The Senate will take up the proposed nuclear agreement with Iran when they get back from
their month of fundraising their working vacations with their constituents, and the Union of Concerned Scientists helps you tell them to support the framework of the Iran nuke deal. It's going to be an ugly, ugly battle, full of misinformation and irrelevant information, the latter including ZOMG THEY STILL CHANTZ TEH DEATHZ TO TEH AMERICAZ IN TEH STREETZ!!!!! It doesn't matter how Iran feels about this deal. Hell, it doesn't matter how anyone feels about this deal. It only matters whether this deal will keep Iran from getting a nuclear weapon, and this deal will do that, with its rigorous inspection schedule and the threat of reinstituting economic sanctions against Iran if they violate the agreement. And people who think that only war with Iran will keep us safe are the same people who said Iran should unilaterally give us everything we want as a precondition to negotiations, and people like that don't understand what negotiation is.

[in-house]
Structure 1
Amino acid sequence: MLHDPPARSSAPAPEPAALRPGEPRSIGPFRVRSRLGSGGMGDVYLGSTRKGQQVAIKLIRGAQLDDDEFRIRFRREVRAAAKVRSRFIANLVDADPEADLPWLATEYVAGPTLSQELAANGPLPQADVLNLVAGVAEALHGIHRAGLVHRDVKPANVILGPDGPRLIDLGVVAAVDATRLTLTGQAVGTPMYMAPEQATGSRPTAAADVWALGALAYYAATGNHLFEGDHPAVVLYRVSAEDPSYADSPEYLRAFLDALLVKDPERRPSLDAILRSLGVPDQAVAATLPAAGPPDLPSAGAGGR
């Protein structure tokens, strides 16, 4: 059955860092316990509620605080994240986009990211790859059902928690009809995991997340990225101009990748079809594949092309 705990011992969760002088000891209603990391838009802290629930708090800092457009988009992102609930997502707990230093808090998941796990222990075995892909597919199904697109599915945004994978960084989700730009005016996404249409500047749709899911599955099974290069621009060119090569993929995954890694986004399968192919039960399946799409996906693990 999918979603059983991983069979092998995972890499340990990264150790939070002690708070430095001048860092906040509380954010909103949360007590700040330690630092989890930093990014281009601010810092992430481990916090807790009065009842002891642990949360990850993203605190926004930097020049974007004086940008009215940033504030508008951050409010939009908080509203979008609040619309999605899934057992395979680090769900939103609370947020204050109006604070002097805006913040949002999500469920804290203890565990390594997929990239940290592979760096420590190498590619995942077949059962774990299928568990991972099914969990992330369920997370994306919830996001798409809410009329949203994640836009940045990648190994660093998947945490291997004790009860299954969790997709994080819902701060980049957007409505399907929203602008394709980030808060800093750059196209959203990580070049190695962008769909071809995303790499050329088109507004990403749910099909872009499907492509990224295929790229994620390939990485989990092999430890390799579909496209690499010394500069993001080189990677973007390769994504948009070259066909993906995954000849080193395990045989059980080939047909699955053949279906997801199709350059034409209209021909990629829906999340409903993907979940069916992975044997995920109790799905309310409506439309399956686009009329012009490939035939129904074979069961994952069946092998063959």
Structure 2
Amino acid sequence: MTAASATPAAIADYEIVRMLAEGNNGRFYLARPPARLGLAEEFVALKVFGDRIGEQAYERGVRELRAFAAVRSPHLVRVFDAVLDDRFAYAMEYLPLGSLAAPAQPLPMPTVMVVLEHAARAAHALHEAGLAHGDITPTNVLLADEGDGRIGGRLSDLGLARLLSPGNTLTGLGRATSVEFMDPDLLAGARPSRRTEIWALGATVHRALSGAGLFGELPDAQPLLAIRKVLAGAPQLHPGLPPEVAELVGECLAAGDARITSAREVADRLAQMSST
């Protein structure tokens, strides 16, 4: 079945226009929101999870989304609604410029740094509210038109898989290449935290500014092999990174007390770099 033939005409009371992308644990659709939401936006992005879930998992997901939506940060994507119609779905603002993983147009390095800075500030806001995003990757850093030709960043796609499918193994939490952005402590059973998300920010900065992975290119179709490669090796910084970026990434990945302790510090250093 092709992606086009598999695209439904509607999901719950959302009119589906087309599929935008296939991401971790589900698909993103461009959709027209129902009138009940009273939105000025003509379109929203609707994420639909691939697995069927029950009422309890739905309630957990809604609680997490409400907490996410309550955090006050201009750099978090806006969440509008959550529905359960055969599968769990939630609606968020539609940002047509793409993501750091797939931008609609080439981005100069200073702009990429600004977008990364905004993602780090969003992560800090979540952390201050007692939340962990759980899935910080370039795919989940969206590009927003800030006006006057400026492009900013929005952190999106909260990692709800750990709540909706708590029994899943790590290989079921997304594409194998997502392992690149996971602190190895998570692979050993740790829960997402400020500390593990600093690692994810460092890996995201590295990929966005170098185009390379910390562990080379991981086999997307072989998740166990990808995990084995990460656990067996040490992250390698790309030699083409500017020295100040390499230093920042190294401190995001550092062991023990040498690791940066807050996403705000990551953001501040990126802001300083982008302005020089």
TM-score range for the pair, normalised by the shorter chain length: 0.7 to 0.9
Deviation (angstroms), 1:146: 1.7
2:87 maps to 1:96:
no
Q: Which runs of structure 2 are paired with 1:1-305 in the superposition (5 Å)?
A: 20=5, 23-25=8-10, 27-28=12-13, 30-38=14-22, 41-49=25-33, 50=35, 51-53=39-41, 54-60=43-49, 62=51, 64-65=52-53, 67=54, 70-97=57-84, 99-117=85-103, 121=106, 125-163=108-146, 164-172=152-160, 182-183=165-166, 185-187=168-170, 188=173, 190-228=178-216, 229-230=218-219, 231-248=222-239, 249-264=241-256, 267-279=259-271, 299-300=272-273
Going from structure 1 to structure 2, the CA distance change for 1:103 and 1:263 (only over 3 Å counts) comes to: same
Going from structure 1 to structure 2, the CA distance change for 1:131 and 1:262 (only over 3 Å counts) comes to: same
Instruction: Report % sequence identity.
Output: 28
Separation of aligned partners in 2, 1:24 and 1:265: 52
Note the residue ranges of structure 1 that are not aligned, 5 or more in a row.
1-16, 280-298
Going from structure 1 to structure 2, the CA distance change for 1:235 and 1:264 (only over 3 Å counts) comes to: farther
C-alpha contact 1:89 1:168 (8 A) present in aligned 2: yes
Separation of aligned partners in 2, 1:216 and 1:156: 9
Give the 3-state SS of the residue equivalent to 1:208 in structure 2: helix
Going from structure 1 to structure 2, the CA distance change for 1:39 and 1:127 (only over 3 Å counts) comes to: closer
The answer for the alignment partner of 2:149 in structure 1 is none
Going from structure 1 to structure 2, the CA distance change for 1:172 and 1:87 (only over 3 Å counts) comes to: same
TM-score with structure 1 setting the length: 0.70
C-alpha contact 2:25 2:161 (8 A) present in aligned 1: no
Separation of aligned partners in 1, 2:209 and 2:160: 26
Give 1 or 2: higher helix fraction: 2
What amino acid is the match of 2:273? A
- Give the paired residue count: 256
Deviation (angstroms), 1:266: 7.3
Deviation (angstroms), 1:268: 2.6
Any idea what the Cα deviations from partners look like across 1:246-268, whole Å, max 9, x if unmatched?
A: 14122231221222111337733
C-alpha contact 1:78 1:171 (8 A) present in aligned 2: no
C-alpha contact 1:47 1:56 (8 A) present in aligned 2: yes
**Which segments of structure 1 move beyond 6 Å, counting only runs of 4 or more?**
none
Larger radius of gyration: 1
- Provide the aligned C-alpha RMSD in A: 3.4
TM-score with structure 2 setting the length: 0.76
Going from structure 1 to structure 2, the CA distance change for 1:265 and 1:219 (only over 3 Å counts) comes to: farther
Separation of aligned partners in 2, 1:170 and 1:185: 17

Meanwhile, the Campaign for a Commercial-Free Childhood joins with the Parent Coalition for Student Privacy to help you tell Congress to enact vigorous legislation to protect kids' privacy in our schools. The vast majority of schools now use cloud services for things like classroom instruction, bus route planning, and testing, which means that a lot of personal student data -- names and addresses, Social Security numbers, test scores, et cetera -- sits out there where hackers and corporations can exploit it. The solutions the CCFC and the PCSP propose? Notifying parents before disclosing (or re-disclosing) any personal student info to third parties outside the school district; complete bans on selling student information and advertising within instructional materials; stronger encryption standards for student info; and vigorous enforcement, including specified punishments for violations. That all sounds common-sensical to me, but Congressional efforts to protect student privacy have been weaker, likely to "protect" big corporate donors. But they ain't the boss of us.